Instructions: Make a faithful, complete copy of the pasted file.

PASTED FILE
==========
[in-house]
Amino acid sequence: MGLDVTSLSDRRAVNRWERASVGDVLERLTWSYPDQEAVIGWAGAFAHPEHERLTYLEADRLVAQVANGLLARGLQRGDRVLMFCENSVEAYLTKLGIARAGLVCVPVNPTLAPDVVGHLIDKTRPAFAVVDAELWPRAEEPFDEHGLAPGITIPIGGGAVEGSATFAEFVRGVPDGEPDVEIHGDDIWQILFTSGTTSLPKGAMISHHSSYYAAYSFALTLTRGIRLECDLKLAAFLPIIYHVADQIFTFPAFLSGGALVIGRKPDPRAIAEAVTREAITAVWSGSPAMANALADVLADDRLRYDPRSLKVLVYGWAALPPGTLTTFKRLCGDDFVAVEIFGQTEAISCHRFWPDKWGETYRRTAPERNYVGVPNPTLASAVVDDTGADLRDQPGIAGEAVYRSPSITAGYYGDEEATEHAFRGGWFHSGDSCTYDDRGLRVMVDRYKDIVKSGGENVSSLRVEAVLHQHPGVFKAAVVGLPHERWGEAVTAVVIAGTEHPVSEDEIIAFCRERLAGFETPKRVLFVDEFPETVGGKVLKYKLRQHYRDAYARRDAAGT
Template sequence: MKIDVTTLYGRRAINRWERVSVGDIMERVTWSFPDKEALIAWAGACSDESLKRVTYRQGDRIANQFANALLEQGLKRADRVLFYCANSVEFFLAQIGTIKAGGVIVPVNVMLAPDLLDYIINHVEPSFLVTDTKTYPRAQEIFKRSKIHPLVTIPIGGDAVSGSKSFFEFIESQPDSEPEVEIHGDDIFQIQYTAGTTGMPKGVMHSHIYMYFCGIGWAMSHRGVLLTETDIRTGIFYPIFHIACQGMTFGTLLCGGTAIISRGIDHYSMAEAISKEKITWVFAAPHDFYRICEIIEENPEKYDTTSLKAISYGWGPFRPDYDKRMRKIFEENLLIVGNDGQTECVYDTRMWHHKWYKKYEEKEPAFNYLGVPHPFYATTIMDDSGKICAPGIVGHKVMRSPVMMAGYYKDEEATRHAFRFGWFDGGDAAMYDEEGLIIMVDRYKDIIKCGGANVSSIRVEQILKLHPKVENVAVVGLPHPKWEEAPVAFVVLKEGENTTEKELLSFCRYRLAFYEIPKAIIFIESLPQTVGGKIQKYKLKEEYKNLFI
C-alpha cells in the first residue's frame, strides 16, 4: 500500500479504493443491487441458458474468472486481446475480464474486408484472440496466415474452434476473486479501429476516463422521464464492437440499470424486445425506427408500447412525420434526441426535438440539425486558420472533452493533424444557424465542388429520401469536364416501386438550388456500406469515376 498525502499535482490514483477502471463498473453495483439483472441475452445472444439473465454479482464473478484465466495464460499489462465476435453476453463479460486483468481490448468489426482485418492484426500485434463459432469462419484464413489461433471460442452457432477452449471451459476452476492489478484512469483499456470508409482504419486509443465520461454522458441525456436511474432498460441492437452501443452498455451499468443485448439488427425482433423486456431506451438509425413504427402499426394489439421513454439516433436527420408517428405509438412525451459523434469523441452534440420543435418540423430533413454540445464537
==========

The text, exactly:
[in-house]
Amino acid sequence: MGLDVTSLSDRRAVNRWERASVGDVLERLTWSYPDQEAVIGWAGAFAHPEHERLTYLEADRLVAQVANGLLARGLQRGDRVLMFCENSVEAYLTKLGIARAGLVCVPVNPTLAPDVVGHLIDKTRPAFAVVDAELWPRAEEPFDEHGLAPGITIPIGGGAVEGSATFAEFVRGVPDGEPDVEIHGDDIWQILFTSGTTSLPKGAMISHHSSYYAAYSFALTLTRGIRLECDLKLAAFLPIIYHVADQIFTFPAFLSGGALVIGRKPDPRAIAEAVTREAITAVWSGSPAMANALADVLADDRLRYDPRSLKVLVYGWAALPPGTLTTFKRLCGDDFVAVEIFGQTEAISCHRFWPDKWGETYRRTAPERNYVGVPNPTLASAVVDDTGADLRDQPGIAGEAVYRSPSITAGYYGDEEATEHAFRGGWFHSGDSCTYDDRGLRVMVDRYKDIVKSGGENVSSLRVEAVLHQHPGVFKAAVVGLPHERWGEAVTAVVIAGTEHPVSEDEIIAFCRERLAGFETPKRVLFVDEFPETVGGKVLKYKLRQHYRDAYARRDAAGT
Template sequence: MKIDVTTLYGRRAINRWERVSVGDIMERVTWSFPDKEALIAWAGACSDESLKRVTYRQGDRIANQFANALLEQGLKRADRVLFYCANSVEFFLAQIGTIKAGGVIVPVNVMLAPDLLDYIINHVEPSFLVTDTKTYPRAQEIFKRSKIHPLVTIPIGGDAVSGSKSFFEFIESQPDSEPEVEIHGDDIFQIQYTAGTTGMPKGVMHSHIYMYFCGIGWAMSHRGVLLTETDIRTGIFYPIFHIACQGMTFGTLLCGGTAIISRGIDHYSMAEAISKEKITWVFAAPHDFYRICEIIEENPEKYDTTSLKAISYGWGPFRPDYDKRMRKIFEENLLIVGNDGQTECVYDTRMWHHKWYKKYEEKEPAFNYLGVPHPFYATTIMDDSGKICAPGIVGHKVMRSPVMMAGYYKDEEATRHAFRFGWFDGGDAAMYDEEGLIIMVDRYKDIIKCGGANVSSIRVEQILKLHPKVENVAVVGLPHPKWEEAPVAFVVLKEGENTTEKELLSFCRYRLAFYEIPKAIIFIESLPQTVGGKIQKYKLKEEYKNLFI
C-alpha cells in the first residue's frame, strides 16, 4: 500500500479504493443491487441458458474468472486481446475480464474486408484472440496466415474452434476473486479501429476516463422521464464492437440499470424486445425506427408500447412525420434526441426535438440539425486558420472533452493533424444557424465542388429520401469536364416501386438550388456500406469515376 498525502499535482490514483477502471463498473453495483439483472441475452445472444439473465454479482464473478484465466495464460499489462465476435453476453463479460486483468481490448468489426482485418492484426500485434463459432469462419484464413489461433471460442452457432477452449471451459476452476492489478484512469483499456470508409482504419486509443465520461454522458441525456436511474432498460441492437452501443452498455451499468443485448439488427425482433423486456431506451438509425413504427402499426394489439421513454439516433436527420408517428405509438412525451459523434469523441452534440420543435418540423430533413454540445464537